• fightback
    fightback says #
    Labor's plan sounds good so far but the only proviso being the retrospective date of Jan1 2008. Many of our members pre date that.
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'Hockey owes me': Former Helloworld manager dials in to put heat on envoy Australian Financial Review Feb 21, 2019 5.49pm Andrew Tillett   Scott Morrison is digging in behind Joe Hockey despite claims aired in Parliament that a wealthy Liberal Party donor and travel company boss secured a meeting at short notice between one of his executives and the Ambassador to the US because "Hockey owes me". The controversy over senior Liberals' links to the Helloworld travel company and its chief executive Andrew Burnes has deepened after a former company manager, Russell Carstensen, told the Senate's foreign affairs committee he was dispatched to Washington DC after Mr Hockey had expressed his "frustrations" to Mr Burnes about the embassy's "unprofessional" travel arrangements. Mr Carstensen said he later learnt Department of Foreign Affairs and Trade staff were "uncomfortable" he met with Mr Hockey, who is one of Helloworld's biggest shareholders, owning more than...
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Federal Government slammed for stacking Administrative Appeals Tribunal with 'Liberal mates' ABC News22 February 2019 Jade Macmillan   The Federal Government has defended its latest appointments to the Administrative Appeals Tribunal (AAT), amid accusations it has been stacked with "Liberal mates". Attorney-General Christian Porter announced 34 new appointments to the tribunal, including former Senate president Stephen Parry, who resigned from Parliament last year after confirming he was a dual citizen. He was appointed on a part-time basis along with former federal Liberal MP Robert Baldwin and former Nationals minister De-Anne Kelly. Former state Liberals MPs — Michael Sutherland and Joe Francis from Western Australia and Steven Griffiths from South Australia — were given full-time positions along with former federal Labor MP David Cox. Shadow Attorney-General Mark Dreyfus said the number of Coalition figures, including former staffers, was "extraordinary". "This Liberal Government seems to think that public positions are just theirs to...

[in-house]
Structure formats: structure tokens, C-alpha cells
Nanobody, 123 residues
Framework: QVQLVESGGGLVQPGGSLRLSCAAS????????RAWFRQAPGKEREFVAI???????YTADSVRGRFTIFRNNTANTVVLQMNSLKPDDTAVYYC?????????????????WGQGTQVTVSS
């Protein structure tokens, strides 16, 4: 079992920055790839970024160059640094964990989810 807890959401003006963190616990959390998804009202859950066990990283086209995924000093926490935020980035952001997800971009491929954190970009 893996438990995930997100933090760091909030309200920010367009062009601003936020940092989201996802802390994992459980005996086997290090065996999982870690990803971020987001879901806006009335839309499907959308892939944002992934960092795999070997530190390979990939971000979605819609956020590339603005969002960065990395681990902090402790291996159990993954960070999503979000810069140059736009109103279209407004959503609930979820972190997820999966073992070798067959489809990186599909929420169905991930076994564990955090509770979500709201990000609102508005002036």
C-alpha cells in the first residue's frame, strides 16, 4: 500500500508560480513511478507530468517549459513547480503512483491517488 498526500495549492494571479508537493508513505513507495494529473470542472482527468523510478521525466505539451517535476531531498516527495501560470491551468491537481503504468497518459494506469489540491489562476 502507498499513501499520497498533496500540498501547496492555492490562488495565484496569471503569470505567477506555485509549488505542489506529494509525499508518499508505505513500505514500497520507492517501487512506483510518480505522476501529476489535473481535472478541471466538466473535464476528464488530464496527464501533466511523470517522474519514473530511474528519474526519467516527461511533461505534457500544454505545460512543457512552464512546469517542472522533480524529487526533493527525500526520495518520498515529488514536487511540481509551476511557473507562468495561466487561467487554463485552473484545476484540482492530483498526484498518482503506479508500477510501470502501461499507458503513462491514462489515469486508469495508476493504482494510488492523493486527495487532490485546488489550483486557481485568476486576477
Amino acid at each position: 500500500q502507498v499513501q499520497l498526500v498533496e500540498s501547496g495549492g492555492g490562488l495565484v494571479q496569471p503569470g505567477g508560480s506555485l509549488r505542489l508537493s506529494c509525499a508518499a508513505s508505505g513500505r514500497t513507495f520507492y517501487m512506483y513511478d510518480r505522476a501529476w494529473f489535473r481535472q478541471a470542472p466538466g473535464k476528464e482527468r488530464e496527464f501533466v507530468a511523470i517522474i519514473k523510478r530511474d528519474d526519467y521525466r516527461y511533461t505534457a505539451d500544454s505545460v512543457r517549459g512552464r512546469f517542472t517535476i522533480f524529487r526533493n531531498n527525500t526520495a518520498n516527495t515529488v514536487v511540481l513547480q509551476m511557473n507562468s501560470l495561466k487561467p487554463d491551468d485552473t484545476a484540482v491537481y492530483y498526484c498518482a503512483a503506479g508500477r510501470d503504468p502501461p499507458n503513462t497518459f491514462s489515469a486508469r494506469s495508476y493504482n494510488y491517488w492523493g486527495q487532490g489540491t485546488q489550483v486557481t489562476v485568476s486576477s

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KPMG report to Home Affairs Department flagged risks with Paladin Australian Financial Review Feb 21, 2019 10.00pm Edmund Tadros, Lisa Murray, Angus Grigg, Jonathan Shapiro   Consulting giant KPMG raised concerns about the financial position of Paladin – the little-known company contracted for $423 million to provide services to refugees on Manus Island – in a report to the Department of Home Affairs, contradicting evidence given by senior officials this week. KPMG, which refused to comment on the contents of the report, is understood to have flagged risks around Paladin's financials in the assessment. During a Senate estimates hearing on Monday, Home Affairs officials said KPMG did not "identify any significant issues that were drawn to" the department's attention about Paladin. Paladin broke its silence on Thursday, denying it had any bad debts and insisting it did not make payments that are not linked to a service. A KPMG spokeswoman said...
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Inferior support beams led to cracking of Opal The Australian 12:00am February 22, 2019 Elias Visontay   Engineers investigating western Sydney’s Opal Tower have found key horizontal support beams built to an inferior, non-compliant strength were the chief cause among a slew of other deficiencies that triggered major cracking and two evacuations of the troubled building. Handing down their final ­report after almost two months of the multi-party investigation, engineers engaged by the government also slammed structural engineers who provided the ­detailed technical design for the building’s construction of the project for lacking transparency and accountability. Another significant error of the tower was the decision to only partially grout — a process to seal and fill the space between surfaces — between the support beams and panels, which raised the stress the already non-compliant support beams were forced to carry and resulted in the most ­visible damage at the site. The...